New York Giants quarterback Eli Manning has been on the clock for nearly five months.

The team defied conventional wisdom and selected Daniel Jones with the sixth overall pick in last April’s NFL Draft. Jones was the highest quarterback selection since Philip Rivers was picked fourth overall in 2004 and subsequently traded to the then-San Diego Chargers for Manning. Anyone with a modicum of common sense knew that once Jones was selected, it would only be a matter of time before he plays in meaningful games.

It just wasn’t supposed to happen this quickly.

On Tuesday, head coach Pat Shurmur announced Jones will be the starter in Week 3 when the Giants travel to face the Tampa Bay Buccaneers. For just the second time in the Giants’ last 234 regular season games, No. 10 will be on the sideline with a clipboard.

There has been no shortage of opinion on television and social media since the Giants announced their quarterback change. Most of it has centered on the belief that Manning is holding the team back and elevating Jones will cure what ails the Giants. There is also chatter over whether or not his NFL resume is worthy of enshrinement in Canton.

Naturally, the Giants didn’t draft Jones to sit on the bench and Manning will turn 39 a few days after the end of the regular season. The tenures of both Shurmur and general manager Dave Gettleman are directly tied into Jones’ success or failure at the NFL level. Simply put, they have to play Jones just like Tom Coughlin had to insert Manning as the starter nearly 15 years ago.

On Tuesday, the team decided to make a change that many knew was coming. The reaction to the news proves Manning is one of the most underrated, underappreciated championship athletes in the history of professional sports.

Manning has been accused of holding the Giants hostage and that simply isn’t true. If anything, the team didn’t always surround him with the talent necessary for him to be successful.

When Manning arrived in East Rutherford, he was a classic pocket passer who could throw the deep ball with a penchant for late game heroics. He was at best when the team provided him with a great offensive line, a stout running game, and a receiving corps that could move the chains when their number was called.

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Because of front office incompetence and the passage of time, Manning turned into a game manager who dumped the ball off and threw a bunch of short slant routes. The Giants brain trust forgot a quality offensive line is needed to keep their classic pocket passer quarterback upright since he was never close to being mobile.

The Giants finished below .500 in five of the past six seasons. Manning has made more than $200 million as an NFL quarterback and he’s going to receive the brunt of the criticism when the team is playing poorly. At the same time, when the team was successful it was always in spite of him.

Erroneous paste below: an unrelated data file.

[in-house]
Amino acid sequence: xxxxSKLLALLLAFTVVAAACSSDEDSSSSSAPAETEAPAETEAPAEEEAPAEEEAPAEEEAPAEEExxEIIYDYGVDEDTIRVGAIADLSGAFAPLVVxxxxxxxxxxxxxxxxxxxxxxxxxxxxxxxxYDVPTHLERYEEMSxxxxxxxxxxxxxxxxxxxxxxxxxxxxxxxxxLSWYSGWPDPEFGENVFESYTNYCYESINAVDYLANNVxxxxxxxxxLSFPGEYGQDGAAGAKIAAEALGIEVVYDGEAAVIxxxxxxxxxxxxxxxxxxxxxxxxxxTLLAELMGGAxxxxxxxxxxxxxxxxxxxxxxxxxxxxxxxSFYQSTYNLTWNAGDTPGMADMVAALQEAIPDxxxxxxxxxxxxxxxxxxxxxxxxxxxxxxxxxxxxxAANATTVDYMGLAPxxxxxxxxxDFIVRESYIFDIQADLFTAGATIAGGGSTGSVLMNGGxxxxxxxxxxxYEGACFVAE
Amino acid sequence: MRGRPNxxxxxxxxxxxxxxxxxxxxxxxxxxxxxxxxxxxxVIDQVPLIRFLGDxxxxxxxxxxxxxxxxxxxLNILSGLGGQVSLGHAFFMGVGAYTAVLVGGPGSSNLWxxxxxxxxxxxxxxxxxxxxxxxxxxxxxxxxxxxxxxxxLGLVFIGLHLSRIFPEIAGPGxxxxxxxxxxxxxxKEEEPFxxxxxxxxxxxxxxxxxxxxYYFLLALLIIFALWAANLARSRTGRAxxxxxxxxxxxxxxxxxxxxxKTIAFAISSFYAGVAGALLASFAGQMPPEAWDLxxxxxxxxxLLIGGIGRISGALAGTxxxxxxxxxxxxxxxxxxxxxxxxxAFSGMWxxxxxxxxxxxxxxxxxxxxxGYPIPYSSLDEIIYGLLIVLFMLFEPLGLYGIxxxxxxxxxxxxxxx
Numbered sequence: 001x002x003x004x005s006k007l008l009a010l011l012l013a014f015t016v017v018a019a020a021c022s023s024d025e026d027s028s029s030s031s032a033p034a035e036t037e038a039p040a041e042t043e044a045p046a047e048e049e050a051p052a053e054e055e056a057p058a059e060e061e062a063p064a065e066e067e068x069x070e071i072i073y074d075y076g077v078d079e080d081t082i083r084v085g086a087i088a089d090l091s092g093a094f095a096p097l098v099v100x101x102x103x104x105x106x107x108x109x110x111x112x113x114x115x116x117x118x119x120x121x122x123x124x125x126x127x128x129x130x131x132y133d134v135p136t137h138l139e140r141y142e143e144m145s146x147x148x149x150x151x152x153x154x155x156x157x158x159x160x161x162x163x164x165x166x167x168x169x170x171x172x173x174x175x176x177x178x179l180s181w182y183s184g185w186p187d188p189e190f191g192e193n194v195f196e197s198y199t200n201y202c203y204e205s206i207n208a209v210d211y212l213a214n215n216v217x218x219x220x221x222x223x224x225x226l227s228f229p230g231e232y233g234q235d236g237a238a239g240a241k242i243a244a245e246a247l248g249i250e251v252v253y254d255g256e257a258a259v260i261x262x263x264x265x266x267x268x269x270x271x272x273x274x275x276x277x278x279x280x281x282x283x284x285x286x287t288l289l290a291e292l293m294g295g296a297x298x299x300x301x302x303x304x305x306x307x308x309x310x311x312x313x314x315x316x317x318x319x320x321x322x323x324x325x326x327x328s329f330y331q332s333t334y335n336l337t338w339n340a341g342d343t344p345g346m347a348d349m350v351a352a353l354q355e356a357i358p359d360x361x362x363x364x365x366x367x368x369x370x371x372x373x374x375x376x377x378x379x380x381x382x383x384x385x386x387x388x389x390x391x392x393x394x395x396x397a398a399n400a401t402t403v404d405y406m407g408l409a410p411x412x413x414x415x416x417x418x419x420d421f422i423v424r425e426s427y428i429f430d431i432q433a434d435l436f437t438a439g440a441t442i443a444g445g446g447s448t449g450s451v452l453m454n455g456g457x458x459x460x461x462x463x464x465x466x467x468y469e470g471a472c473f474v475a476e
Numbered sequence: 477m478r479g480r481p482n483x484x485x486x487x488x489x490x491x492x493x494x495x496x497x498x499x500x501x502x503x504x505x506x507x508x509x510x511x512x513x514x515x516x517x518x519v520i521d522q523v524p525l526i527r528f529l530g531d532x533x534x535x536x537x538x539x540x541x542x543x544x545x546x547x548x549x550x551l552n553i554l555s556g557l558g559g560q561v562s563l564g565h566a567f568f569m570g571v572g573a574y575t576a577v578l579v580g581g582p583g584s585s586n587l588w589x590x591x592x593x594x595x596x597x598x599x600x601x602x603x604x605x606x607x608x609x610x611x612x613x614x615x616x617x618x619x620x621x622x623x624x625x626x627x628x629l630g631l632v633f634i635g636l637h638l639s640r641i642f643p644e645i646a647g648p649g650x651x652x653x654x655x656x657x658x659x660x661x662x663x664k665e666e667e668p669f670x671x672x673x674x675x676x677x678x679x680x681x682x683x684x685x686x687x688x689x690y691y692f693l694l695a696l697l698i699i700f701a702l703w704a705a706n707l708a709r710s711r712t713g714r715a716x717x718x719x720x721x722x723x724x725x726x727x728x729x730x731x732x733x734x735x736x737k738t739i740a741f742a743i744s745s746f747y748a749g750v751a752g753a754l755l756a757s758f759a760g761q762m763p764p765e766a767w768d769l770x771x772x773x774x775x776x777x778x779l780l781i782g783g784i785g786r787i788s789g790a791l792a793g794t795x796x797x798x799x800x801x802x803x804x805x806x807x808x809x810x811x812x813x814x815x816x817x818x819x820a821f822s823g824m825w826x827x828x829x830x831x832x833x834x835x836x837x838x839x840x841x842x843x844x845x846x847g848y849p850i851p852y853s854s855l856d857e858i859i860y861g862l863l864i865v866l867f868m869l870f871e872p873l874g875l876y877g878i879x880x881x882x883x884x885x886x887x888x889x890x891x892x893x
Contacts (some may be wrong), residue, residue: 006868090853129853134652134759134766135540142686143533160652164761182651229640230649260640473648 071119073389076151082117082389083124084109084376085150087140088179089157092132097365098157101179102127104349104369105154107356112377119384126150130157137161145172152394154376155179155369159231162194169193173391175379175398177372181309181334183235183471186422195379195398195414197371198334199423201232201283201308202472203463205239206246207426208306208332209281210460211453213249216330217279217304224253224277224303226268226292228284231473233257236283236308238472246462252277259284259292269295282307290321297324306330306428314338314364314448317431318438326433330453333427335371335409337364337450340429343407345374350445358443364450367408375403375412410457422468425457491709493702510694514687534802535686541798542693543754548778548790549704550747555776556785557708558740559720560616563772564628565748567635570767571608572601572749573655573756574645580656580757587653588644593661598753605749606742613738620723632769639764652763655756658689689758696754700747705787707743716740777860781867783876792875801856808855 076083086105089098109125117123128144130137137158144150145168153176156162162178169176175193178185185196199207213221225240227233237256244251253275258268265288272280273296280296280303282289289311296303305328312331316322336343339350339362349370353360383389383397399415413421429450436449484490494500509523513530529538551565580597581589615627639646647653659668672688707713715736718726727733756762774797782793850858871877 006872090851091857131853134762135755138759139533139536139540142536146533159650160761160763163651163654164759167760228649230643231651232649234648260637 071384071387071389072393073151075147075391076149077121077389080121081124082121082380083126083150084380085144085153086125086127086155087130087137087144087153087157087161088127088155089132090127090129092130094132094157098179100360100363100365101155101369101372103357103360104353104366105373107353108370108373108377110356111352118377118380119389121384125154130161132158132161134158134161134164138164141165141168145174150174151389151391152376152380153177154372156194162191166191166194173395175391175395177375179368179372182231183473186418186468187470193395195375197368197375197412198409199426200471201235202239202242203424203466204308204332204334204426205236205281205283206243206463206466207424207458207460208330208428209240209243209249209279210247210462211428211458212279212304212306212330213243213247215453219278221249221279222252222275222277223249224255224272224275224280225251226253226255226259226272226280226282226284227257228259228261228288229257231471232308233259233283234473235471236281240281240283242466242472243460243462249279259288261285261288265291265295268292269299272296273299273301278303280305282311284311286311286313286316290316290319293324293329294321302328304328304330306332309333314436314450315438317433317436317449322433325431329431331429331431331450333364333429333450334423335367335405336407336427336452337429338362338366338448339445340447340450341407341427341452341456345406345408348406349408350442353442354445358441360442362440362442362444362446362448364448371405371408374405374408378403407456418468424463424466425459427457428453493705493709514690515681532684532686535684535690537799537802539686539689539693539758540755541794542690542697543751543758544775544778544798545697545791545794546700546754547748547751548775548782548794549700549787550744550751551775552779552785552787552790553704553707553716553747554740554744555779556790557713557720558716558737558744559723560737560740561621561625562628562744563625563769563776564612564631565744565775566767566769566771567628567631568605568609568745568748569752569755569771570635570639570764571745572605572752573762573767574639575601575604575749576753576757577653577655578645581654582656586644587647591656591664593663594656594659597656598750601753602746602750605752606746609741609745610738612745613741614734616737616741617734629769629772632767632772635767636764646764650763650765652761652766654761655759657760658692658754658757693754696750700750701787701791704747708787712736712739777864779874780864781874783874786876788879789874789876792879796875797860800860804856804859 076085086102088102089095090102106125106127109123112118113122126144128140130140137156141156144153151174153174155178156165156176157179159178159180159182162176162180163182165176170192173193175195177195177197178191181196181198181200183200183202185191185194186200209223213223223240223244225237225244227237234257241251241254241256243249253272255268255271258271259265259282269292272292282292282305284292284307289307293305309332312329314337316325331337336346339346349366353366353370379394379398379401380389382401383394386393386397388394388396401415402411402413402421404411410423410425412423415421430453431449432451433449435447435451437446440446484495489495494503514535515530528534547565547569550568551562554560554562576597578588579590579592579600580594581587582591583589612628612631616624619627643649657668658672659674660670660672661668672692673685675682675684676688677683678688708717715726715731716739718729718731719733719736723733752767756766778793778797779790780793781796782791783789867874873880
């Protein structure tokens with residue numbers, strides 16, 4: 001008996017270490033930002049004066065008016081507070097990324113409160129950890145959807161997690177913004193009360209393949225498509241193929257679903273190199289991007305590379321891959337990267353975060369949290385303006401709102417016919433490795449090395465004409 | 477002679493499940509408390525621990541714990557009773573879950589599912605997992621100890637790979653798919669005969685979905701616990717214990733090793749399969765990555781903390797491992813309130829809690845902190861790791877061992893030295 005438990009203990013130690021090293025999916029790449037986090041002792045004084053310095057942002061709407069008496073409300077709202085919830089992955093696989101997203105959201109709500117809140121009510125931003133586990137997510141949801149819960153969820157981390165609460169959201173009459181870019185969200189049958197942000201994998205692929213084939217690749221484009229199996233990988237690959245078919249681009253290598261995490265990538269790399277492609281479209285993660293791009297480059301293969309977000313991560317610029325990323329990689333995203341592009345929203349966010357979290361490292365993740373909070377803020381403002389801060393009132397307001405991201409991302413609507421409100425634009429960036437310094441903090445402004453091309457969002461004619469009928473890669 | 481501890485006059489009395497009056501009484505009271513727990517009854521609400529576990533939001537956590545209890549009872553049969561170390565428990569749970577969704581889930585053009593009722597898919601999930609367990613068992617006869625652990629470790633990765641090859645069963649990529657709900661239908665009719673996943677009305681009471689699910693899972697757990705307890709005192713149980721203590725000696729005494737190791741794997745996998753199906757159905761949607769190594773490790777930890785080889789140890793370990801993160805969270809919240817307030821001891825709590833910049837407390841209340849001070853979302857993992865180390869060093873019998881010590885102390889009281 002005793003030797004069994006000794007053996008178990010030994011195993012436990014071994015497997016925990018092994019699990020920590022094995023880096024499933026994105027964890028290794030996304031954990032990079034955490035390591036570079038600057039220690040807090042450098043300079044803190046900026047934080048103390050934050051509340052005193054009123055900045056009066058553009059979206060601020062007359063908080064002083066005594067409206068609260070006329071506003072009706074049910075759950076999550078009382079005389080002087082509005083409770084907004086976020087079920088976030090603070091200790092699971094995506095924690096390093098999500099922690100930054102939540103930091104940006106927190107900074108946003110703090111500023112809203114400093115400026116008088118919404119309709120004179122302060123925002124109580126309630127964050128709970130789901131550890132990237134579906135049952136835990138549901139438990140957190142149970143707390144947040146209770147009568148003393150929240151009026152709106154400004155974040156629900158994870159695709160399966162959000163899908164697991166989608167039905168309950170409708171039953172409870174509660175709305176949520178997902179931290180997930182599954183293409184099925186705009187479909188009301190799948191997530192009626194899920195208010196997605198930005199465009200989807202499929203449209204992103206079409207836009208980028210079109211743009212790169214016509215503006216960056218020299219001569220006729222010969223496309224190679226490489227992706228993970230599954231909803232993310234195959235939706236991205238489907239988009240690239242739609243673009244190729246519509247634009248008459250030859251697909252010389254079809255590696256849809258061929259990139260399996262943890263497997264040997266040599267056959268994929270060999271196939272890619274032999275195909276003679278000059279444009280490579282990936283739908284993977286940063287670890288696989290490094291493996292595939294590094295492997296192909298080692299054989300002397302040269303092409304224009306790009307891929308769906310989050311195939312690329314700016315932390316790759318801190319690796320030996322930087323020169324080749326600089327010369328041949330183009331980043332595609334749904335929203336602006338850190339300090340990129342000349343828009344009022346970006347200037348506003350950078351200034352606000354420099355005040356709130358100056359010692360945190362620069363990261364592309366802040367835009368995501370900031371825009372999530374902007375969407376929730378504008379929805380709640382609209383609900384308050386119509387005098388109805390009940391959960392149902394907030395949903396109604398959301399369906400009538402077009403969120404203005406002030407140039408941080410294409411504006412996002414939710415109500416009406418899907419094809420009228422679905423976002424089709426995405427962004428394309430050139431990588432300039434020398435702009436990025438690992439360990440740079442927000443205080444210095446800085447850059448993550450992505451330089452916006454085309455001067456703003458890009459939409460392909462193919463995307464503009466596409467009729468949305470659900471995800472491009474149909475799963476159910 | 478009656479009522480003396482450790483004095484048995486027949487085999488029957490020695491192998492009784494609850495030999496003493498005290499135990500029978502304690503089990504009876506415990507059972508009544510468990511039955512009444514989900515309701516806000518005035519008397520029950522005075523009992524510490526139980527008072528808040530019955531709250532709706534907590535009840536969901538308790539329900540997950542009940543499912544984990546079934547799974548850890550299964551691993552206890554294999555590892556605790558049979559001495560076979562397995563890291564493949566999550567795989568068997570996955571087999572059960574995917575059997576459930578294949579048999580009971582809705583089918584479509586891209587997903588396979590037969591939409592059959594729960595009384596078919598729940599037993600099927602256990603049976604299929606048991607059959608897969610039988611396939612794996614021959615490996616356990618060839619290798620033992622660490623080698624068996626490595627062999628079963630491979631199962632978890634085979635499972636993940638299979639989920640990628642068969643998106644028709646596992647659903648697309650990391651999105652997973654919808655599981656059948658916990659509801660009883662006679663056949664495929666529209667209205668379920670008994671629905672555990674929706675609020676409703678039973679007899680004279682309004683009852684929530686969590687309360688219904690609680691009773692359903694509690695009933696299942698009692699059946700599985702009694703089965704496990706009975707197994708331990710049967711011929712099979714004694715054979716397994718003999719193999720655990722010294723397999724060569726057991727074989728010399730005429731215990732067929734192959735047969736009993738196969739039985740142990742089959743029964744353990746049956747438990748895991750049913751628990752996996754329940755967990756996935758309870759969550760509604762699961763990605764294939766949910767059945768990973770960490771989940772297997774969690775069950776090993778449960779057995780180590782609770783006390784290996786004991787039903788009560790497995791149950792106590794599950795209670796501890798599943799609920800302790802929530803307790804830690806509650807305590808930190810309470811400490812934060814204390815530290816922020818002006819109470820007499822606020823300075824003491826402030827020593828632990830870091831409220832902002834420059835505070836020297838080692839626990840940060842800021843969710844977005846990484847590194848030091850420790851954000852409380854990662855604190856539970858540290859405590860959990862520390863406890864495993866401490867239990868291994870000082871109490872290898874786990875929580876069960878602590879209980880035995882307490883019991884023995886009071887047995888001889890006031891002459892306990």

Manning has always been somewhat of an enigma, simultaneously the beneficiary of and cursed by his last name. His personality and temperament served him well playing in the nation’s largest media market but also opened him to criticism and ridicule. There were snickers when he had the audacity to clap back at Tiki Barber or express confidence in his own abilities by saying he’s an elite quarterback. Perhaps the biggest knock on him is that he’s not Peyton.

In spite of the noise, Manning compiled a resume that is worthy of him getting a gold jacket five years after he hangs up his cleats. After all, there aren’t that many quarterbacks with at least 4,860 completions, 56,537 passing yards, 362 touchdowns, two Super Bowl MVPs., a quarterback ironman streak of 210 games, and every significant passing record of one of the NFL’s oldest franchises.

At the end of the day, this is the National Football League, the ultimate team game. The Giants have spent the last seven seasons in rebuild mode, 2016 notwithstanding. Daniel Jones is 22 years old. He’s mobile, can throw the ball deep, and is perfect for today’s NFL which mirrors the college game more than ever before. The Giants need to find out if he’s the real deal or if the preseason was an aberration.

Still, starting Jones is the equivalent of putting a bandage on a broken leg. After all, it’s not Manning’s fault the defense has surrendered 63 points in two games and unable to generate a pass rush. It’s also not his fault the Giants found themselves minus three wide receivers against the Buffalo Bills. Nonetheless, the team had to make this move even if the timing is a headscratcher.

Father Time is undefeated and there is a changing of the guard at the quarterback position. Demotion is part of life in the NFL and Eli Manning certainly is aware of that. He doesn’t deserve all the blame for the current state of the team. Ownership and the coaching staff have a huge role in this tragedy of errors.

At least for now, if the Giants don’t win, the blame won’t be with No. 10.

– Curtis Rawls is a Managing Editor for Full Press Coverage and covers the NFL and the New York Giants. Please like and follow on Facebook and Twitter. Curtis can be followed on Twitter @CuRawls203.

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